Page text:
Isolationism Vs. Colonialism In Wwii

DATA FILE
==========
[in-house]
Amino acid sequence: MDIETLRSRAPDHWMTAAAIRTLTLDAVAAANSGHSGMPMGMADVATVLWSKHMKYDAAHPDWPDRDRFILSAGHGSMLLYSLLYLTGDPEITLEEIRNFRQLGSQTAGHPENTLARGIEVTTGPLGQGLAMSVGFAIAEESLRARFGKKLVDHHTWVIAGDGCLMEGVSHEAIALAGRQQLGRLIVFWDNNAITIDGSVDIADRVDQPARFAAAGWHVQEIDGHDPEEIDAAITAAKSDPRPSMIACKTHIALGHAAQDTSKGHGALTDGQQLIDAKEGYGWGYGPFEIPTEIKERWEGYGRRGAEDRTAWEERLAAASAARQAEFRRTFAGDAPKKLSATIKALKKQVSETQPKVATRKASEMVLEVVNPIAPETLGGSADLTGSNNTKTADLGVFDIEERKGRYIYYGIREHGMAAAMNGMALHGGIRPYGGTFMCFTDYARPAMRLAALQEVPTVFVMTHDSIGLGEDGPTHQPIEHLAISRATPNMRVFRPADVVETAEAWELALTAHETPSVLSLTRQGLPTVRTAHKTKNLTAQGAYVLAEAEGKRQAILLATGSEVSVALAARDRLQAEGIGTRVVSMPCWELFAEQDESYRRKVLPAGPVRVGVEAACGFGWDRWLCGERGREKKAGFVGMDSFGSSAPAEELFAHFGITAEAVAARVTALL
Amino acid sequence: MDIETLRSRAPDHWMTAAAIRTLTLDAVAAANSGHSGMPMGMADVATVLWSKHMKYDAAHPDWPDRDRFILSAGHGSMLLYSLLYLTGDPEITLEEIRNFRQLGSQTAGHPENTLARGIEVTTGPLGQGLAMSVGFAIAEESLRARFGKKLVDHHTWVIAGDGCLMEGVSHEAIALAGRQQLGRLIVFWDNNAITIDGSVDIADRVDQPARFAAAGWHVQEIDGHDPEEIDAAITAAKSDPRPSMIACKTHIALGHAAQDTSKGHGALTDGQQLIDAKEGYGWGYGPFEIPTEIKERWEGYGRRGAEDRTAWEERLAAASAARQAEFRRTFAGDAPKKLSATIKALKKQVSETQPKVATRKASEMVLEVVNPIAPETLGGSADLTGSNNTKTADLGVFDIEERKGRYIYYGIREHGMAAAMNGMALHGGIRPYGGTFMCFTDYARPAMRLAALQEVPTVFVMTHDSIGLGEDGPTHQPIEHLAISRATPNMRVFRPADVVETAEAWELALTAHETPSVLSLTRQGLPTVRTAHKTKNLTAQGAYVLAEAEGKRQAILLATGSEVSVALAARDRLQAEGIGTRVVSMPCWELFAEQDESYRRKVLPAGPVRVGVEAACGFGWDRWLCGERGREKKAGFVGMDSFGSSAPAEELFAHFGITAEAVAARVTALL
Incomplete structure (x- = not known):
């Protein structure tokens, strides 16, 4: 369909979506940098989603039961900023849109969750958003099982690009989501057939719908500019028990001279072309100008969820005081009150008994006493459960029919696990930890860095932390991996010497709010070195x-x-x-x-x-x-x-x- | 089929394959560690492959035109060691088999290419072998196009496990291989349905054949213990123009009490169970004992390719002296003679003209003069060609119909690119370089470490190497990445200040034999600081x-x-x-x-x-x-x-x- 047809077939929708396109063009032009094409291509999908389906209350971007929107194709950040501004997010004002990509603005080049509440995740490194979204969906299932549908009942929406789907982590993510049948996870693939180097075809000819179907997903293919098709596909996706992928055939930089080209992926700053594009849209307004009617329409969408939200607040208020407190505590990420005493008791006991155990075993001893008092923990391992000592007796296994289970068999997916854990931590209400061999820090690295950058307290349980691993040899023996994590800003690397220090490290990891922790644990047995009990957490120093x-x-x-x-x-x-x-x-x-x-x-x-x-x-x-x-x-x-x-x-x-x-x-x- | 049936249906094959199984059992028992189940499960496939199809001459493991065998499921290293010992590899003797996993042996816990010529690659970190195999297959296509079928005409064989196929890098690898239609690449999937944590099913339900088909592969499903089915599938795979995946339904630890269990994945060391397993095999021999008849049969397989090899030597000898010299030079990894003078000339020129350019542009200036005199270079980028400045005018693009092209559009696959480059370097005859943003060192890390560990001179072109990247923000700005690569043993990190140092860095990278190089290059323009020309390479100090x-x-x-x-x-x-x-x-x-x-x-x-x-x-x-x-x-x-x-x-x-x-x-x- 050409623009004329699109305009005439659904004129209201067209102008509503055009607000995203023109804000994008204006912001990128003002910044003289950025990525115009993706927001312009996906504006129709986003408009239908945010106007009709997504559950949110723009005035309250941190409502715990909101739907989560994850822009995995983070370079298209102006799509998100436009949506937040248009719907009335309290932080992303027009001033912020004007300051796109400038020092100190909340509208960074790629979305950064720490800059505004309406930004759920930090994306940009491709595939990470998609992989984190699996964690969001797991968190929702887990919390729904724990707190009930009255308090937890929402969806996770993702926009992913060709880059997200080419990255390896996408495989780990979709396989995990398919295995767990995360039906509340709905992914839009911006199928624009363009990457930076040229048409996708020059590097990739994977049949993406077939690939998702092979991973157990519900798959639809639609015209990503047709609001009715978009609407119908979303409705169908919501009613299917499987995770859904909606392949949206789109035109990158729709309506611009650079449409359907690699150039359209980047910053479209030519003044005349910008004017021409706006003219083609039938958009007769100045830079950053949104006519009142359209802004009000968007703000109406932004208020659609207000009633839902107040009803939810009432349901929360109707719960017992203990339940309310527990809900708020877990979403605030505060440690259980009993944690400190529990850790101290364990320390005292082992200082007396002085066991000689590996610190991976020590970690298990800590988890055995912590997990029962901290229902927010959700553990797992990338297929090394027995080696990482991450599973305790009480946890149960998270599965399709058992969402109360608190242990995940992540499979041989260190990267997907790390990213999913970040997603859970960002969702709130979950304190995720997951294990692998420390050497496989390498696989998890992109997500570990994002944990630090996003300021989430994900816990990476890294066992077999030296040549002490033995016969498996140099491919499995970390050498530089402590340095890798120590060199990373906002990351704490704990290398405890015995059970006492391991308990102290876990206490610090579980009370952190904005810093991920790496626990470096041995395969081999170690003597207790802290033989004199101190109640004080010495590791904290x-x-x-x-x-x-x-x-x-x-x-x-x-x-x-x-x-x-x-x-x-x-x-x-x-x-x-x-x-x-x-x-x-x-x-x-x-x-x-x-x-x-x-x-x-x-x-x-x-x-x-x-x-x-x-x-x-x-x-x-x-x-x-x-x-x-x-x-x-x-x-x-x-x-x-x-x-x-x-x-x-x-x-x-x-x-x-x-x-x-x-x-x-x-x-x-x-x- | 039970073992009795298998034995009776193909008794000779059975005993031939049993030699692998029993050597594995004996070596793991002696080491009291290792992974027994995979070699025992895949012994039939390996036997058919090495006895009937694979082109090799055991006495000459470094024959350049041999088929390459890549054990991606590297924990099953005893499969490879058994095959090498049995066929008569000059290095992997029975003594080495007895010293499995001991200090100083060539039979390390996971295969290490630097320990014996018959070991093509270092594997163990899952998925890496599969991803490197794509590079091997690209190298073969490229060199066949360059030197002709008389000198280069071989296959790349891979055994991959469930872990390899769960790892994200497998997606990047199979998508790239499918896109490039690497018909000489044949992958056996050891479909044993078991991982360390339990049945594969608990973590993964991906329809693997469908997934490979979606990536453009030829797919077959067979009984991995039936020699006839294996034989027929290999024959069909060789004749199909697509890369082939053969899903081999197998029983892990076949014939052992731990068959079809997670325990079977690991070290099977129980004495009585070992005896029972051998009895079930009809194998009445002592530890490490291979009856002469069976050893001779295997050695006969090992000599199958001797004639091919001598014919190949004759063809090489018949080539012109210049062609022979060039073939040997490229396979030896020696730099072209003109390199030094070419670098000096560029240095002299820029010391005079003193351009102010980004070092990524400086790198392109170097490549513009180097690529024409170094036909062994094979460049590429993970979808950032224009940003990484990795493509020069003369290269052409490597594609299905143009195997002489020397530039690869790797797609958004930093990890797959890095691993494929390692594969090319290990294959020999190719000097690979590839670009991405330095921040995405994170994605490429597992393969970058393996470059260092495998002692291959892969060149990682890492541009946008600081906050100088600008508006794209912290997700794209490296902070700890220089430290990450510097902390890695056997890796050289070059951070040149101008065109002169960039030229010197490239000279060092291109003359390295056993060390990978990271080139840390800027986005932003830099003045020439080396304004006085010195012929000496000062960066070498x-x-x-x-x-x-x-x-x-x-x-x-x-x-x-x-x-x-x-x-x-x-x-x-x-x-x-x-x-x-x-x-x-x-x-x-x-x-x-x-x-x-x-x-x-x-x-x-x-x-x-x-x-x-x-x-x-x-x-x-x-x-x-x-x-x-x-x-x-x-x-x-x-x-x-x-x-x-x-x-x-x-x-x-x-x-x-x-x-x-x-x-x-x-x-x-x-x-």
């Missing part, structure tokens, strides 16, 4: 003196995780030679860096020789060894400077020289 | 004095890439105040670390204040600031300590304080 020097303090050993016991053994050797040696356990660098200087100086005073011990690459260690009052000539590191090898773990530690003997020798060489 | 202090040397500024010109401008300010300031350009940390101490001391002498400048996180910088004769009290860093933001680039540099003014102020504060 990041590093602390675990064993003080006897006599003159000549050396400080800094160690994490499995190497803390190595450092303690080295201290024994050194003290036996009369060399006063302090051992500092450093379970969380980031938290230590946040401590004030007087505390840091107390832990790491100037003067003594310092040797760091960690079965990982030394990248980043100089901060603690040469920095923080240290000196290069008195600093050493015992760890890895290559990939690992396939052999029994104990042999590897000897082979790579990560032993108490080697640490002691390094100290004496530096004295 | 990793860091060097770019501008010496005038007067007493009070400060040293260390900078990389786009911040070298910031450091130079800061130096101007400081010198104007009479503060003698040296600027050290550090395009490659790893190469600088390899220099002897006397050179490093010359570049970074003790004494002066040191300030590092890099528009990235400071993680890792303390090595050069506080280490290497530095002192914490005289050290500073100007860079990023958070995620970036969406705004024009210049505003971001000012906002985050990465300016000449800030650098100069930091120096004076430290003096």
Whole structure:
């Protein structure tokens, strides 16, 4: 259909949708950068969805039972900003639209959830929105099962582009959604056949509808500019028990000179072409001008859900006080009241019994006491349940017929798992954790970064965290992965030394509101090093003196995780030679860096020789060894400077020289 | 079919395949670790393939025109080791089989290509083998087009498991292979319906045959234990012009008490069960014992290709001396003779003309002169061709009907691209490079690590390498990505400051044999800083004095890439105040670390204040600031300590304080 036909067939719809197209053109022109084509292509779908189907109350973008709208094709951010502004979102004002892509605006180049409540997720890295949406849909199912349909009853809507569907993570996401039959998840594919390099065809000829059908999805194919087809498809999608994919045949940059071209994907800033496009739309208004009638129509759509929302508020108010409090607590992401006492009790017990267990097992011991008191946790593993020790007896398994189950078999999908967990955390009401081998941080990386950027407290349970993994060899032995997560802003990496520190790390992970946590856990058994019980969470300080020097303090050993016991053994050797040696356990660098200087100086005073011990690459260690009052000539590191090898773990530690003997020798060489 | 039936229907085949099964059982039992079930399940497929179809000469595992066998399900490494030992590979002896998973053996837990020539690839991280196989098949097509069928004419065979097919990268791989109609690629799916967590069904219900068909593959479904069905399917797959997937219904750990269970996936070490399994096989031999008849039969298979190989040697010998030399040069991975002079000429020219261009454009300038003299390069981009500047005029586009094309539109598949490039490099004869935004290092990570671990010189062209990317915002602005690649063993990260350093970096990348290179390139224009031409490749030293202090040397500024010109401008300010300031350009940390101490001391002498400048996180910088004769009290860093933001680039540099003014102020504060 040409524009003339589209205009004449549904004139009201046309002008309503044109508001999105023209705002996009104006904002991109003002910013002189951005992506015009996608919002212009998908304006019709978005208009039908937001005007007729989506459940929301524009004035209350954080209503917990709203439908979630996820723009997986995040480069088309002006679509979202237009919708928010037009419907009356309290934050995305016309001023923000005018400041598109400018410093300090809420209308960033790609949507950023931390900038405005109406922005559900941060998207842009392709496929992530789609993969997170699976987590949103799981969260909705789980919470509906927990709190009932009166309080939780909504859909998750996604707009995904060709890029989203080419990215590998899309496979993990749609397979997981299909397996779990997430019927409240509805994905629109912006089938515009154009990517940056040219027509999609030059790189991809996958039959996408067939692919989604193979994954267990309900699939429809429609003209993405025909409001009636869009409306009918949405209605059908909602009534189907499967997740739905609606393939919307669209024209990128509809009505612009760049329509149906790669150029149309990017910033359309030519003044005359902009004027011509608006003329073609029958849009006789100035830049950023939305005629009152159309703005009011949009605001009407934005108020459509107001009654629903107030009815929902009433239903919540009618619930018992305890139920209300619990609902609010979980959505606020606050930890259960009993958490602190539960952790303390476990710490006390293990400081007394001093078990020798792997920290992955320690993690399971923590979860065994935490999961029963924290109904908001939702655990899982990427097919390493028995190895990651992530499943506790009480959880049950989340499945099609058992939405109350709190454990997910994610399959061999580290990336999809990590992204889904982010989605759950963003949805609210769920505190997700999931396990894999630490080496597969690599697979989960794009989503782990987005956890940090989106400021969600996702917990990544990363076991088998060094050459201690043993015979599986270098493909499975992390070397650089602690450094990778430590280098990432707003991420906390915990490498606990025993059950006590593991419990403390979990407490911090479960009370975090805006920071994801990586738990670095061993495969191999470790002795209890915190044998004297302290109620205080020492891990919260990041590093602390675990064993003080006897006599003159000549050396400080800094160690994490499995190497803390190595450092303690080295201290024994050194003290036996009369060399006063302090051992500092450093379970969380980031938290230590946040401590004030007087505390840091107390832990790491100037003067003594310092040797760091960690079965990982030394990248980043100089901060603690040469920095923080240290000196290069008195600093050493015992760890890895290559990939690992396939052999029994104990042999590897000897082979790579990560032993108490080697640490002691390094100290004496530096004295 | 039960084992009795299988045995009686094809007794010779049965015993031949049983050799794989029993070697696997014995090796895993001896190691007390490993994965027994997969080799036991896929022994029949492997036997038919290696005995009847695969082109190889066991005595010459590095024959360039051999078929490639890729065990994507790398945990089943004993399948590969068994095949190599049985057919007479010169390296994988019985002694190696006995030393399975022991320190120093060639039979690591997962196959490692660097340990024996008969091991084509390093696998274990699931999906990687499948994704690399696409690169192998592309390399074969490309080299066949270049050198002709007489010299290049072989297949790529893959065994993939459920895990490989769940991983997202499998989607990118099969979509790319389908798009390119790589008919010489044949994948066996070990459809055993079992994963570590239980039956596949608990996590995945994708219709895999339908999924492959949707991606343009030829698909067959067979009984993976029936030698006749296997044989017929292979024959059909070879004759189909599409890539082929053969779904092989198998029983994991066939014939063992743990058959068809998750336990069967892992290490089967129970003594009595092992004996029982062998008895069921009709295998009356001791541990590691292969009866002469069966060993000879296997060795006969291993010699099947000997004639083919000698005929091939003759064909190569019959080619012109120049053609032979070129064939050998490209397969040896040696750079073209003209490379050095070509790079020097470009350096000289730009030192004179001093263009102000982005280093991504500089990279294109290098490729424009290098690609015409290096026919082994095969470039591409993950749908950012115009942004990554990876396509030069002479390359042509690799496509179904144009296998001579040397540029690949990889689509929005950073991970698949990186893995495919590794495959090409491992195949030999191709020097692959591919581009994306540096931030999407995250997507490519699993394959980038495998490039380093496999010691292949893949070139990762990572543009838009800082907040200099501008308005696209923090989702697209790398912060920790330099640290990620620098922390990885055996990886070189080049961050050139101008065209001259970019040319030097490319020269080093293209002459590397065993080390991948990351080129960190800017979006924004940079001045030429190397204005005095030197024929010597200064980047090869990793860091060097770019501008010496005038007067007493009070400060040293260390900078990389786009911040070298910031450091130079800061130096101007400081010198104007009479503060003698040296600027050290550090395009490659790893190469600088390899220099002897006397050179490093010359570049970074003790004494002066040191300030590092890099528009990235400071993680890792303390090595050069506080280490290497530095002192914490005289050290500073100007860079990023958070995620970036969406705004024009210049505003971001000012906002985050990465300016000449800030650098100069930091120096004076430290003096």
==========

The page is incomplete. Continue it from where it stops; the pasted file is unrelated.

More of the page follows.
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Mary Hill History 112.017 Essay on December 10, 1941 March 16, 2012 Hegemony vs. Isolationism; the Dark Double Standard America has always been an advocate for isolationism. Since 1919, the U.S. sided in favor of limiting their participation in foreign affairs regarding any enterprises or concerns of an outside nation. The main focus of what was known affectionately as “normalcy” was to rebuild and save what America had become after the First World War and to continue the constant endeavor towards further self-progression. At the same time, the United States took it upon itself to take part in occasional international affairs from a suitably neutral perspective. This eventually turned into convenient interventionism; the method of intervening whenever it was beneficial and/or advantageous for the U.S. American government officials initially claimed to be reluctant towards any involvement in European affairs for decades until finally, during WWII, when the overbearing possibility of becoming a garrison state, under regulation of communists and/or fascist European governments, the American public gradually declined from the isolation sentiment they were accustomed to and began their apprehensive shift towards the same ultimate goal the Axis Powers aspired for; incontestable leadership exercised by one nation over all others and a possibility of achieving world domination. This action is known as hegemony, and most nations fought in World War II in hopes of possessing it. Front pages of most newspapers issued on December 10, 1941 all contained news of the start and progression of the Second World War. The variation of news released on this day in history was the explanation for the sudden, abundant fears shared by the nation and began construction of an important foundation for the nation-wide fellowship that forced America to break out of its accustomed
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